Friday, April 26, 2013

We're not all like that

Living in the buckle of the Bible Belt has both advantages and disadvantages. I'm sort of blanking on the advantages at the moment, but I'm sure there are some. Unfortunately, the disadvantages come to mind much quicker than the advantages. Don't get me wrong, I love my hometown and I have every intention of spending my life here. But there are things I see and hear sometimes that I could do without.

There are a lot of people (some of them well-meaning) who broadcast a number of viewpoints under the guise of Christianity that I simply don't agree with. I don't claim to know every little thing in the Bible nor do I claim to know God's exact stance on the hot button issues in our society today. But I am fairly confident in saying that some of these things I've seen and heard are flat out wrong.

For example, Westboro Baptist Church is wrong. The people crossing the country with Fred Phelps as he pickets the funerals of soldiers and talks about how much "God hates fags" are wrong. That man does not represent my faith in any way, shape, or form. In fact he makes me sick.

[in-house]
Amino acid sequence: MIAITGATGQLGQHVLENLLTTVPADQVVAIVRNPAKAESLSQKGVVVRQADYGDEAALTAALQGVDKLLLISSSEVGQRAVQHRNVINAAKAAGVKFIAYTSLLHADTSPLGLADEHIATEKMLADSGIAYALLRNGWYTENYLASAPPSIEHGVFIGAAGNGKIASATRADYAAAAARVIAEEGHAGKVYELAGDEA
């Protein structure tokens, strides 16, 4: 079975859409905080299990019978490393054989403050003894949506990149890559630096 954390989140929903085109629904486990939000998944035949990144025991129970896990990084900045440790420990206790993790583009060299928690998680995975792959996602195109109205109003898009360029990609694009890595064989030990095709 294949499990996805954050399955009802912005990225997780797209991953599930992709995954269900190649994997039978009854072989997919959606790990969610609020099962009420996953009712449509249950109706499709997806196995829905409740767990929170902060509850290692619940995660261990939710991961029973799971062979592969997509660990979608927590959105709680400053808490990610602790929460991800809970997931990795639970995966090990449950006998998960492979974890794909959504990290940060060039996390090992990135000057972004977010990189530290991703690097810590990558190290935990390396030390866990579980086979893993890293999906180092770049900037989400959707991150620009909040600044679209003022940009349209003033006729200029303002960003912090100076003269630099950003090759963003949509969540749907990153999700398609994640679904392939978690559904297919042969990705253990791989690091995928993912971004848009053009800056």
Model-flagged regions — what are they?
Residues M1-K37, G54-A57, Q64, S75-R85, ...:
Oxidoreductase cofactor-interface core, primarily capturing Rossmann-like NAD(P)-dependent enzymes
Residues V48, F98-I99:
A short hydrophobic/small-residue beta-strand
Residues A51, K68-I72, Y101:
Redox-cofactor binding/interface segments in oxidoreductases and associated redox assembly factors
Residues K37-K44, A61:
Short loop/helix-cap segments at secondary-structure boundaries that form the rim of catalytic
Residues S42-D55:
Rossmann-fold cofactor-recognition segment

The other thing I'm confident in is the knowledge that these people are making it harder for other Christians to reach non-Christians. A lot of people will talk about how Christians are persecuted in the United States, and to an extent that's true. But for the most part, Christians have a pretty sweet set-up here. We can practice our faith openly and since the majority of the country identifies with some form of Christianity, we benefit from a number of small privileges throughout the year (such as getting time off for Christian holidays like Christmas). The other thing about the persecution of Christians in the United States is that it's people who claim to be Christians who get the ball rolling--and I'm not just talking about the blatantly obvious Phelps of the world.